After everyone breaks away from Kepling and settles into their seats, Abdo asks to speak. The table grows quiet. “Nobody showed up on Sunday,” he says quietly, but firmly.
The table grows quieter, and Abdo proceeds to tell them that he was at Phelps Grove Park to make signs at 10 a.m., as planned on Facebook. And that he was there early for the protest on Battlefield. That was planned in advance, too. He never raises his voice, and he avoids trifling talk; everything he says has a purpose.
One group member says he drove by the park early and that nobody was making signs, so he didn’t stop.
“I don’t know what to tell you,” Kepling says to Abdo. “I know if I feel strongly about something, I will go even if nobody shows up. I know how that feels.”
Scott Youngkin stands to the side, arms folded in front of his green tie-dyed shirt. Here, he just listens.
He’ll wait for his chance to speak.
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If the ambition of a seasoned activist like Abdo Soliman is going to help carry Occupy 417 to new heights, then the salt-of-the-earth vision of a man like Scott Youngkin is what will allow the movement to remain grounded.
Like Abdo, he gardens in his backyard. He has 28 tomato plants on a half-acre lot in South Central Springfield that he’s been growing for about 20 years. His grandfather, Joseph Noenig, used to own a greenhouse on East Division Street. During the Depression, the family story goes, many people would come to Joseph’s house regularly, and he would serve them a plate of tomatoes. He was a respectable man, from a tough German family , Scott says. It’s easy to see where his lack of idleness comes from.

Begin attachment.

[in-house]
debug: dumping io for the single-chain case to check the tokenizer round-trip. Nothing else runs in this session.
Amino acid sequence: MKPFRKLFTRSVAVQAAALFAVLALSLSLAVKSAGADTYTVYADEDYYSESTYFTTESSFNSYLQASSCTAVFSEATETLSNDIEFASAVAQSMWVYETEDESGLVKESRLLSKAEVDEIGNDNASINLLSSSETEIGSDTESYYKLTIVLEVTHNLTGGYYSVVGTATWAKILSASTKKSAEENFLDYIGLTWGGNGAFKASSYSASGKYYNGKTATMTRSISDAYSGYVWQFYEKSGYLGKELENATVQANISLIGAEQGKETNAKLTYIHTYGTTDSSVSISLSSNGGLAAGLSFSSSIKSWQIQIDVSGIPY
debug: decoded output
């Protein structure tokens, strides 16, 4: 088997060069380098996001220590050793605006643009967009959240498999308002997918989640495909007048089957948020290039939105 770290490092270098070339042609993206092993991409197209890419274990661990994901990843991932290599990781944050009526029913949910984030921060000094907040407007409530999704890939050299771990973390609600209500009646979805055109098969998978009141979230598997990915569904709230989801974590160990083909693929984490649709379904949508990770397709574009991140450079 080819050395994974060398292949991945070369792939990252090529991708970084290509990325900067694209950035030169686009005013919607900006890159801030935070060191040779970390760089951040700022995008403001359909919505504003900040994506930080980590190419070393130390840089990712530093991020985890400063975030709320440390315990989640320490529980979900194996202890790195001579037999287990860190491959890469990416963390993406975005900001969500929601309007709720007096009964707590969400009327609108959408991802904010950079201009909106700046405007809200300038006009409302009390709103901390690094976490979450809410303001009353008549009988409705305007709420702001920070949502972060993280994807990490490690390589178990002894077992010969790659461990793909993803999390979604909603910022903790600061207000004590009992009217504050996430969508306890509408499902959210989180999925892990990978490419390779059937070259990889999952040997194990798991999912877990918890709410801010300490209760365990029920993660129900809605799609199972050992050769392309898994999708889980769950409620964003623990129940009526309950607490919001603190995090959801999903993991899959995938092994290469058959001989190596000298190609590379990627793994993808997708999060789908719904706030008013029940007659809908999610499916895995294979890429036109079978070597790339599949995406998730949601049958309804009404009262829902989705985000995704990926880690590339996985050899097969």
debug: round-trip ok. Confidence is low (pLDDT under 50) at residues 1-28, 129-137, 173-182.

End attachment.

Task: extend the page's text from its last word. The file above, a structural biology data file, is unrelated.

Scott asserts that he is dually employed. By day, he works as a designer for Positronic Industries, while at night, he schemes new ideas for the Occupy movement. At Positronic, an electrical connector supplier, he receives rough sketch assignments from the company’s brass and is instructed to design and build new connectors. Precision is key. Temperature, surface evaluation, electrical schematics – the design must be executed in absolutes.
When Scott makes his way to Occupy meetings, he feels like the role is similar — it’s just the setting that’s changed.